Having said that, there is a certain sonic similarity between the Pharoah and a couple of widebandwidth speakers. It has to do with the sound's all inclusive nature, its sensitivity, and the way in which the tone color appears dry and matt.
Thanks to its controlled tonal balance Pharoah's image definition is good, very good. There's no ambiquity, no extra liveliness. The sound, although forward-looking, does not jump over to the lap of the listener.
The speaker is able to maintain the focus between the speakers, the focal point being just over the eye-line. Instrument groups are presented separately and airily, respecting the recorded size of individual instruments.
Pharoah's sound may not be horn-like enough for horn enthusiasts, nor sufficiently impassioned and dense for the toughest lovers of widebandwidth speakers, but there's something good and special about the sound that makes Pharoah not sound just another two-way floorstander. It's a different loudspeaker.
Ordinary people often think of their life after the working career. Audiophiles think of the loudspeakers they might choose when the times comes to give up the hard headed hi-fi, when it's time to relax and let visual matters and music rule. Trenner & Friedl Pharoah is an easy-to-live-with quality loudspeaker both visually and sonically, and as such a good candidate for the last loudspeaker. Yes, it is quite an expensive loudspeaker too, but in this case the price is likely to be discounted over a longer period of time.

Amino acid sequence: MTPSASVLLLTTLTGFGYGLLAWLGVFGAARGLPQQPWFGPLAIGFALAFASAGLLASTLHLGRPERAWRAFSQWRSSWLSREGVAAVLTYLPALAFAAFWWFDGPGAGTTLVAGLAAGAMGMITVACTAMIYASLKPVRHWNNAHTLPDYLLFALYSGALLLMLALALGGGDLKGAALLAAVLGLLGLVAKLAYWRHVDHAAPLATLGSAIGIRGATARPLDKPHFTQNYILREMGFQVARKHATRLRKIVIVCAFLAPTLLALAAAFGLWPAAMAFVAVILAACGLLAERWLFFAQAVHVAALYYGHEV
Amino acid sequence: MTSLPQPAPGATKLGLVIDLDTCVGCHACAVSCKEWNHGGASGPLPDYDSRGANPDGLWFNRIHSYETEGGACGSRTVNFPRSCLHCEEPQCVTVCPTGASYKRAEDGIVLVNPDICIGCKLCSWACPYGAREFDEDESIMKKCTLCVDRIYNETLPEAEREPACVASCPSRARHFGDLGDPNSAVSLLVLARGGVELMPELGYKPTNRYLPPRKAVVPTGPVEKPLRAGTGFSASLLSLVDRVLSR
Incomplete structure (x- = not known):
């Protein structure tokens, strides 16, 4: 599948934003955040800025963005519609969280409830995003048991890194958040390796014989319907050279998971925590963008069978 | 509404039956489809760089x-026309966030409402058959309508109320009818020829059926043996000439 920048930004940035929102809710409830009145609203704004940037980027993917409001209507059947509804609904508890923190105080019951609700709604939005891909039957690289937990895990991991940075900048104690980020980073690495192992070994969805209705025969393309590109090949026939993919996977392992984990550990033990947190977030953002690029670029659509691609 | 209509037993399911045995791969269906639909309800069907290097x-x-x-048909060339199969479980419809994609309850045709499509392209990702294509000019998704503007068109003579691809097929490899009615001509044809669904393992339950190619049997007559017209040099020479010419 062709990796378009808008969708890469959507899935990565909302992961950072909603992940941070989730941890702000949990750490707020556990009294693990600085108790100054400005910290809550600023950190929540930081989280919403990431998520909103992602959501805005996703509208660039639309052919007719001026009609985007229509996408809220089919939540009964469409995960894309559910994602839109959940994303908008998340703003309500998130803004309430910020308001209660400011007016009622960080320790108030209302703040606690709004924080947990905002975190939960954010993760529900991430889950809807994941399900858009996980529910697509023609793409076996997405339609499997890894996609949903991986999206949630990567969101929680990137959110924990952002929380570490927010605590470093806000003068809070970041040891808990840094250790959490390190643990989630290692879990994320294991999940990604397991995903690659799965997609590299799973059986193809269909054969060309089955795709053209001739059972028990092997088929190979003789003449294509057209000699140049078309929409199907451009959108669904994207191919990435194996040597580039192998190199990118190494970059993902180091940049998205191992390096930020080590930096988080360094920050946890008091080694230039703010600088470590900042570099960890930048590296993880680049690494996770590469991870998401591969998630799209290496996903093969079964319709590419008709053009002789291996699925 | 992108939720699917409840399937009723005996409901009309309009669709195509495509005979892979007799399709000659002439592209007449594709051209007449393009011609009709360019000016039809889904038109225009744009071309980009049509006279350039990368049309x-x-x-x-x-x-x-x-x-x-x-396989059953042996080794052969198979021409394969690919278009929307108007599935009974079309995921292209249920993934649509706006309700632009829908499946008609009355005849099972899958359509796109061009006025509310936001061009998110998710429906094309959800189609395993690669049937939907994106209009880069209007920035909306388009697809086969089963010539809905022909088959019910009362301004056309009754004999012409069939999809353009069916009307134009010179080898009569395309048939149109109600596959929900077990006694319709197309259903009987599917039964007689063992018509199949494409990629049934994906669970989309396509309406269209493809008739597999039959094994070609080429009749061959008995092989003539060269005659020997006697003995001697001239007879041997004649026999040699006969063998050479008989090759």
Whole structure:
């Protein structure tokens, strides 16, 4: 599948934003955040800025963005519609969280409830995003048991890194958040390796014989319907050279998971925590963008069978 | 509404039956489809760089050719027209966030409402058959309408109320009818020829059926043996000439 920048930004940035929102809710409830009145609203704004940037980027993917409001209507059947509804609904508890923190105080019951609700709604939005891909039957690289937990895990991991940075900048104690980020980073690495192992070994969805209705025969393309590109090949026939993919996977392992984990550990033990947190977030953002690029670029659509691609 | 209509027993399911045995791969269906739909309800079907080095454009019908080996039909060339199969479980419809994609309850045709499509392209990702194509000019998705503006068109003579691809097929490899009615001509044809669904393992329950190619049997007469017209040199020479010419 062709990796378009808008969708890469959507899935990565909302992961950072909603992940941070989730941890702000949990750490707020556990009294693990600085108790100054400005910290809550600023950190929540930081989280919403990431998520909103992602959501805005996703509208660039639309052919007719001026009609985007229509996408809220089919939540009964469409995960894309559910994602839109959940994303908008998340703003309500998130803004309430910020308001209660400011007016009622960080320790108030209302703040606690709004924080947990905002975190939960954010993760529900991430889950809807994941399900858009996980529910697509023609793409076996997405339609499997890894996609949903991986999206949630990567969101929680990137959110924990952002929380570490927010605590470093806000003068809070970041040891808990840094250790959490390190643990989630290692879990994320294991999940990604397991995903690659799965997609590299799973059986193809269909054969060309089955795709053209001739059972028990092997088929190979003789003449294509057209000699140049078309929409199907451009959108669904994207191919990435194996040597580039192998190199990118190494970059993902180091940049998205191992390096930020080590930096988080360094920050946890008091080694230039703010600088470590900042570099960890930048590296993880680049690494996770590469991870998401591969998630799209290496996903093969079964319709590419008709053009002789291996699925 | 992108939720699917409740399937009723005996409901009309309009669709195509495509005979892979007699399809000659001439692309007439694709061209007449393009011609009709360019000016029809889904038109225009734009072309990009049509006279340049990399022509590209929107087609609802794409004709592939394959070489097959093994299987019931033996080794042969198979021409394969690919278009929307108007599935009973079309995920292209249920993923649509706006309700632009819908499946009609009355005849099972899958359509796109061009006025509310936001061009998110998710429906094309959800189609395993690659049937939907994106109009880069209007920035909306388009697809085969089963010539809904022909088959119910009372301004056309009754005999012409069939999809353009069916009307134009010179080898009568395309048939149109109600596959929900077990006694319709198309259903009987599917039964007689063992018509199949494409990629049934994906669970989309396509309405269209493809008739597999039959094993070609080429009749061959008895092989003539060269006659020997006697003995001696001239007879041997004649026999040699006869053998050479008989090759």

Trenner & Friedl PHAROAH
- Cabinet built in golden ratio proportions
- Multiplex birch wood of different densities
- Damped with Austrian sheep wool
- High-precision, machined solid Horn for the high frequency driver
- Paper cones impregnated with six layered finish of Italian balsamic oil lacquer
- Finest crossover components by Mundorf; Oil/silver caps, foils coils, high grade MOX resistors
- Cardas internal wire, also constructed in golden ratio
- Cardas terminals in pure copper
- PHAROAH can be placed 10 cm away from the wall
- Drive units 1 x 8" Paper Cone, 1 x 1" Horn Tweeter
- Frequency Response 35 Hz (f-6dB) bis 35 KHz (f-3dB)
- Sensitivity 92 dB (2.83 V/1 m)
- Impedance8 Ohm
- Dimensions Height 950 mm (975 mm with wooden feet), Width 400 mm (460 mm with wooden feet), Depth 240 mm (350 mm with wooden feet)
- Weight 30 kg with card box
- Finishes Front/Body Walnut nature, Walnut mocca, Walnut amaranth, Others on request